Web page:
By: Julia Henríquez
For many people, thinking of Jamaica brings to mind the gentle rhythm of reggae playing on incredible beaches and this is not far off the mark. This island in the middle of the Antilles has rhythm at its heart and its songs have crossed unimaginable borders. But Jamaica is much more than Bob Marley dreadlocks and a transparent sea.
The history of the Jamaican people is one of resilience, hope, and dreams of freedom. After its conquest, first by the Spanish and then by the English, with an intermediate period in which the pirate Henry Morgan acted as deputy governor, the island was an obligatory stopover for the exchange of enslaved Africans between the new colonies. Many of these slaves were gradually retained on the island to work in the sugar cane fields. But the Caribbean soul has always sought freedom and, as other colonies of escaped slaves grew up around the Caribbean, in Jamaica the Maroons, a group of rebel slaves, founded mountain villages and gradually managed to make freedom everyone’s motto.
Out of this dark era came Jamaica’s traditional music, which mixes African drum rhythms with small wind instruments to accompany forced labor, as well as entertainment, dancing, and religion. Although the original people referred to the island as “Xaymaca,” the Spaniards modified the name until it became “Jamaica,” which in the Arawak language means “land of wood and water.”
While the winds of freedom never stopped blowing, skin, culture, language, and of course, music melded with samba, calypso, and tango rhythms to create something new called mento: a musical genre that uses banjos, drums, and guitars to unite the Jamaican people, who grew stronger during the process. It is therefore unsurprising that the national motto continues to be “Out of Many, One People.”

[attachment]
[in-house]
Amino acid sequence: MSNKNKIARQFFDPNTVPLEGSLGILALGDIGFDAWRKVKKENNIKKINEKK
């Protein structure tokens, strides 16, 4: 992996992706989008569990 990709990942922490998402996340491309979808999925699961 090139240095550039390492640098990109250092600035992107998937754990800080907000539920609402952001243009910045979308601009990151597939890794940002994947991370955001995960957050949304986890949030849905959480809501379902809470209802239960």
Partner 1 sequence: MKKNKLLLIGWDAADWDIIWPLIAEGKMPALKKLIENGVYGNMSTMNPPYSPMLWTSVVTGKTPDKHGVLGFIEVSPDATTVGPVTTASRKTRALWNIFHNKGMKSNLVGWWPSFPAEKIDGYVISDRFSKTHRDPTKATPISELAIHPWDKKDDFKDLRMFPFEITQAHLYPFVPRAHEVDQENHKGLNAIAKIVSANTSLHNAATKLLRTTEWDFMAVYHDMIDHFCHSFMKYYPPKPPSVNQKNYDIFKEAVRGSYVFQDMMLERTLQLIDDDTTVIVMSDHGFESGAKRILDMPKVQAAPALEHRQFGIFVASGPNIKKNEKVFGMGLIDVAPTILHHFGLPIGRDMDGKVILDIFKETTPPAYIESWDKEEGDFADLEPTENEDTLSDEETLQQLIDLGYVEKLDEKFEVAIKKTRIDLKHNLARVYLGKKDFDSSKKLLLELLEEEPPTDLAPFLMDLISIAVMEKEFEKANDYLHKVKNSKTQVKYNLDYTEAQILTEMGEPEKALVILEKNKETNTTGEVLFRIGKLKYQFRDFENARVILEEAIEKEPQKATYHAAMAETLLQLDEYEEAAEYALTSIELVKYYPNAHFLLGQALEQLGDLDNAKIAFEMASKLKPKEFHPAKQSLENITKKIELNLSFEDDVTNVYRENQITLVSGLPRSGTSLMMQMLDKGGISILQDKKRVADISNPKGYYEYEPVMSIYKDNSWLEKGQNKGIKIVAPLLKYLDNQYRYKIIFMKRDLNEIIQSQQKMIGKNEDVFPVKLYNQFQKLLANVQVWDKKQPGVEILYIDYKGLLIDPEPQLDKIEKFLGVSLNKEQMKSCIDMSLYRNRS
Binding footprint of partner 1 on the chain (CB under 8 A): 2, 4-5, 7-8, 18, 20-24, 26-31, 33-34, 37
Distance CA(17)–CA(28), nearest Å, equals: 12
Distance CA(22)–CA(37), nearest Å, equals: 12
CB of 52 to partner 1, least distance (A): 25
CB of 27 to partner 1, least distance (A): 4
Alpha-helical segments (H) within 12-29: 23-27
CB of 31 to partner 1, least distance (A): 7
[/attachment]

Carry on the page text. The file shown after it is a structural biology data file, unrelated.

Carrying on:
The optimism inspired by national independence in 1960 caused the rhythms to accelerate. Blues and jazz musicians blew their horns harder and ska music took over the new, free, and independent island, which now had even more reasons to dance. But independence brought internal problems that young people were keen to express. The music grew softer and the lyrics more powerful. Reggae emerged as a platform for social and political expression and Rastafarian Bob Marley conquered the world, flooding radio stations with songs of peace and revolution.
These days, the island moves to the sensual beat of dance hall and the cultural life knows no rest. The artistic expressions of these Antillean people span the length and breadth of the island, filling every corner with color. But music is not the only thing the island has to offer. Its white sand beaches and transparent waters are lined with accommodations ranging from all-inclusive five-star hotels to adventures in small homes and spiritual retreats. The island is as varied and fascinating as its people.
Today, the mountains where the Maroon rebellions led to freedom are the perfect setting for enjoying nature. Beach days alternate with visits to the tropical forest where you can hike, take a canopy tour, and even bobsled on Mystic Mountain; like the Olympic team in the film Cool Runnings.
Movie buffs who enjoy visiting iconic film settings will want to swim in Blue Lagoon, the incredible setting where the shipwrecked Brooke Shields and Christopher Atkins struggled to survive.
A visit to Windsor Caves, Blue Mountain Peak, or any of the world famous waterfalls on the island is the best way to learn about the island’s flora and fauna, as landscapes change drastically without having to travel far at all.
This Caribbean island offers the perfect vacation mix of relaxation and history. Whether you prefer to play pirates in Montego Bay, look for crocodiles in Black River, go rafting in the Great River or diving amidst colorful fish, shake your hips all night, or visit the Bob Marley museum and learn more about the Rastafarian culture, the island has what you’re looking for. Little by little you’ll come to understand the unity that makes all of us one in this unique experience, full of rhythm and flavor.
How to Get There
Copa Airlines offers 4 weekly flights to Kingston’s airport and 7 weekly flights to Montego Bay’s airport from North, Central, and South America and the Caribbean through its Hub of the Americas in Panama City.
For further information, visit: www.copaair.com